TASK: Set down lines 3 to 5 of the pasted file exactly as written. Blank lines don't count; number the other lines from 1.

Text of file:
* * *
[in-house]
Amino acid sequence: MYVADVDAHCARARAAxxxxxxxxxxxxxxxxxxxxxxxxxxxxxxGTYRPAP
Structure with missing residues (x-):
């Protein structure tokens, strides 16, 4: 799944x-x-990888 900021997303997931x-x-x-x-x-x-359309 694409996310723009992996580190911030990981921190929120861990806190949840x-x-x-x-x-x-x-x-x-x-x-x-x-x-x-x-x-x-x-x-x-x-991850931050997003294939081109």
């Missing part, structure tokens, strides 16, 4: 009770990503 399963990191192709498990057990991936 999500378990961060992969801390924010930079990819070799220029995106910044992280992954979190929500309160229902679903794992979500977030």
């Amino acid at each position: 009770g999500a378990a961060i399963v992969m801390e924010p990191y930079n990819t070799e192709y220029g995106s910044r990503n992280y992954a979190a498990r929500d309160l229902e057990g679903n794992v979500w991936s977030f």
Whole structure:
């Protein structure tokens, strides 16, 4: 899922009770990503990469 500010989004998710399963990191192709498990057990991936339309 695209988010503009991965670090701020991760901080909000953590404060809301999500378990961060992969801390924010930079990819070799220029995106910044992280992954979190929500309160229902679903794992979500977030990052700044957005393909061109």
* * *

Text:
Structure with missing residues (x-):
């Protein structure tokens, strides 16, 4: 799944x-x-990888 900021997303997931x-x-x-x-x-x-359309 694409996310723009992996580190911030990981921190929120861990806190949840x-x-x-x-x-x-x-x-x-x-x-x-x-x-x-x-x-x-x-x-x-x-991850931050997003294939081109």
């Missing part, structure tokens, strides 16, 4: 009770990503 399963990191192709498990057990991936 999500378990961060992969801390924010930079990819070799220029995106910044992280992954979190929500309160229902679903794992979500977030």